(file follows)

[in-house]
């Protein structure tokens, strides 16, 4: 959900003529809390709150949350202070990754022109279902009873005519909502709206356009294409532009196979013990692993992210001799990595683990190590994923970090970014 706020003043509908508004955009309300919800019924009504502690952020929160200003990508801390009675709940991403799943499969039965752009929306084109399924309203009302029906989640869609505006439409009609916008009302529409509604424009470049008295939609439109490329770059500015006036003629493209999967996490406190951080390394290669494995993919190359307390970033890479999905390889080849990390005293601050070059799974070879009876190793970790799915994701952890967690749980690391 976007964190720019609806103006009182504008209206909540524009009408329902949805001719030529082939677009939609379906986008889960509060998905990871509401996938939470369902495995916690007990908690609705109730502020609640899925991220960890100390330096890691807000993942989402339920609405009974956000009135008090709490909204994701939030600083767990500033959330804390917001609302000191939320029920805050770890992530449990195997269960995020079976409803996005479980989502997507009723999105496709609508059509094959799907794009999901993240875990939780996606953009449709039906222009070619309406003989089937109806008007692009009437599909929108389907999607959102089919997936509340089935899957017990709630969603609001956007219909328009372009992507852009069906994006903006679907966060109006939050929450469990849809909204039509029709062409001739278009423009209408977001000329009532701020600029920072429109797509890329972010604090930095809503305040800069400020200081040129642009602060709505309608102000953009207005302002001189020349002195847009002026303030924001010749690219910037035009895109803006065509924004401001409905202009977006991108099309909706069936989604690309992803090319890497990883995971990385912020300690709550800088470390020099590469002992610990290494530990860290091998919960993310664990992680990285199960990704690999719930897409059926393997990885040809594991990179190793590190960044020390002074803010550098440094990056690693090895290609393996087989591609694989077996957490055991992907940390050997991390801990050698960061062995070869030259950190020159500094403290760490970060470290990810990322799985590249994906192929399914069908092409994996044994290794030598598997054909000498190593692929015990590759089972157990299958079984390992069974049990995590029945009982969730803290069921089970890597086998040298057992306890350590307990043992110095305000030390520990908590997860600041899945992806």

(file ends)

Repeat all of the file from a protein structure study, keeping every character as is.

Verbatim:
[in-house]
């Protein structure tokens, strides 16, 4: 959900003529809390709150949350202070990754022109279902009873005519909502709206356009294409532009196979013990692993992210001799990595683990190590994923970090970014 706020003043509908508004955009309300919800019924009504502690952020929160200003990508801390009675709940991403799943499969039965752009929306084109399924309203009302029906989640869609505006439409009609916008009302529409509604424009470049008295939609439109490329770059500015006036003629493209999967996490406190951080390394290669494995993919190359307390970033890479999905390889080849990390005293601050070059799974070879009876190793970790799915994701952890967690749980690391 976007964190720019609806103006009182504008209206909540524009009408329902949805001719030529082939677009939609379906986008889960509060998905990871509401996938939470369902495995916690007990908690609705109730502020609640899925991220960890100390330096890691807000993942989402339920609405009974956000009135008090709490909204994701939030600083767990500033959330804390917001609302000191939320029920805050770890992530449990195997269960995020079976409803996005479980989502997507009723999105496709609508059509094959799907794009999901993240875990939780996606953009449709039906222009070619309406003989089937109806008007692009009437599909929108389907999607959102089919997936509340089935899957017990709630969603609001956007219909328009372009992507852009069906994006903006679907966060109006939050929450469990849809909204039509029709062409001739278009423009209408977001000329009532701020600029920072429109797509890329972010604090930095809503305040800069400020200081040129642009602060709505309608102000953009207005302002001189020349002195847009002026303030924001010749690219910037035009895109803006065509924004401001409905202009977006991108099309909706069936989604690309992803090319890497990883995971990385912020300690709550800088470390020099590469002992610990290494530990860290091998919960993310664990992680990285199960990704690999719930897409059926393997990885040809594991990179190793590190960044020390002074803010550098440094990056690693090895290609393996087989591609694989077996957490055991992907940390050997991390801990050698960061062995070869030259950190020159500094403290760490970060470290990810990322799985590249994906192929399914069908092409994996044994290794030598598997054909000498190593692929015990590759089972157990299958079984390992069974049990995590029945009982969730803290069921089970890597086998040298057992306890350590307990043992110095305000030390520990908590997860600041899945992806």